This ‘Street Fighter’ Champ Opened One of LA’s Best Food Trucks
Gerald Abraham of Okamoto Kitchen will kick your ass in Street Fighter 2—with any character—and then feed you some of the best karaage that you’ve ever had.
Gerald Abraham will kick your ass in Street Fighter 2—with any character—and then feed you some of the best karaage that you've ever had.
He is an outlier in the extremely competitive world of professional gaming. Despite his mom telling him that video games would get him nowhere in life, he managed to rank among the top 20 Street Fighter 2 players in the US. More importantly, he was able to use his thriving career to find the love of his life in Japan and create one of the most successful newer food trucks in LA, Okamoto Kitchen.
It all happened while Abraham was living in Japan and playing against some of the best fighters in the Street Fighter motherland. During his off time at a bar in Tokyo, he mustered up the courage to approach Chizuru Okamoto, who would later become his wife. As an up-and-coming chef, Chizuru shared Abraham's interests in the lesser-known contemporary world of homestyle Japanese dishes that are popular in Japan but haven't quite made it overseas: chicken nanban with a garlic-teriyaki sauce, gyudon, cheese mochi, and what he calls a "classic-style" oufu Japanese curry made with cream and eaten with cheese-topped rice.
Chizuru Okamoto and Gerald Abraham. Photo by Javier Cabral
These dishes are what Okamoto Kitchen specializes in, and what has made it one of the LA's busier food trucks as of late. Chizuru works the back-of-house and Abraham deals with everything else. At just one year old, Okamoto is completely booked with events until the end of the year. According to Abraham, his success has to do with "applying the same fighter game mentality to running a food truck." This means using strategy and collecting data to "figure out how to win"—that is, to sell more than the other food trucks.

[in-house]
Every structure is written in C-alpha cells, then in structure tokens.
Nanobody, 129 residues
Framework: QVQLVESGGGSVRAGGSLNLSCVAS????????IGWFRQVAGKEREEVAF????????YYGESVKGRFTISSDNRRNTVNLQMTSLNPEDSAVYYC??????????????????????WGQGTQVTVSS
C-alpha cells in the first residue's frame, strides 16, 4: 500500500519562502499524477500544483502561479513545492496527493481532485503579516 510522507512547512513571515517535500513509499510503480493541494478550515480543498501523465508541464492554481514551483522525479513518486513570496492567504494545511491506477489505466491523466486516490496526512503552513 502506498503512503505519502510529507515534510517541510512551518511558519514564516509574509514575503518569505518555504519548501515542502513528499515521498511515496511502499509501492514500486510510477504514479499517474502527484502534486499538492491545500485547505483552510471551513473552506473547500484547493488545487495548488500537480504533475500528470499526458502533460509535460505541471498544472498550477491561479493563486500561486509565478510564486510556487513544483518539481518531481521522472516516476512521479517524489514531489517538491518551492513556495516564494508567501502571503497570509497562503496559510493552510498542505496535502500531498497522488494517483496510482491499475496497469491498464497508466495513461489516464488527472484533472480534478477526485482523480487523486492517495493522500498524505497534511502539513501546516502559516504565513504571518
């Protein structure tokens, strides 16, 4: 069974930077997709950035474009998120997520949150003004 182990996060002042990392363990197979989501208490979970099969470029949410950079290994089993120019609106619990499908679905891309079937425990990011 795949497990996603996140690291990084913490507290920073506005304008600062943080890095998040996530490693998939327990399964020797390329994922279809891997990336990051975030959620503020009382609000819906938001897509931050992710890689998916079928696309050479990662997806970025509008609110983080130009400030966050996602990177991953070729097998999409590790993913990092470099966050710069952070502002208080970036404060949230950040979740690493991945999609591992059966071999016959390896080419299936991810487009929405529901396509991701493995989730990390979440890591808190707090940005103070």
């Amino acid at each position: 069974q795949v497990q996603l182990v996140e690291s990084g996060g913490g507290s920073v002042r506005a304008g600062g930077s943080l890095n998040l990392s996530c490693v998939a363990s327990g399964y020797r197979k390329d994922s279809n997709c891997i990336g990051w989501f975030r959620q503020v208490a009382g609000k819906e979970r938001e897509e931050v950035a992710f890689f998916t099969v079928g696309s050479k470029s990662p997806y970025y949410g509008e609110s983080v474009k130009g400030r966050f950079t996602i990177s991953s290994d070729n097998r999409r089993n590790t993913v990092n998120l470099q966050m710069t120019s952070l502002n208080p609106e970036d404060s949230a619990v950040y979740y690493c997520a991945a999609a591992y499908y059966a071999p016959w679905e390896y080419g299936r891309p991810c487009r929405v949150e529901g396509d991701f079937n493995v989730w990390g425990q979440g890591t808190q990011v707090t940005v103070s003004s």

Okamoto's "Nom Bomb" sandwich. Photo courtesy of Okamoto Kitchen
"Every time I'm at a stop where the other food trucks around us are busy but we're not, I stop and assess the strengths and weaknesses of the other trucks just as I would with an opponent that I was playing against. This is the same process that I use to figure out how to win in fighter games," he says.
Okamoto's gyudon. Photo courtesy of Okamoto Kitchen
Abraham has also made his food truck into a living game of sorts by adding a leaderboard right next to the order window where you can see his top customers. You get 20 points for each check-in and five points for each post on social media. The top three get heavy discounts when ordering food: First place gets 75 percent off, second gets 50 percent, and third gets 25 percent. Naturally, Abraham has attracted a few gamers and the competition to become Okamoto's number-one customer has gotten fierce.
Okamoto's Oufu-style curry. Photo courtesy of Okamoto Kitchen
"For gamers, it's all about rankings. They see their names up on the board and they get really, really into it, especially since the top three can upload their images to be displayed on the truck."
Cheese mochi. Photo courtesy of Okamoto Kitchen
To this day, Abraham is still looking for the ultimate challenger in Street Fighter 2—and if you somehow manage to beat him, he will buy you a side dish.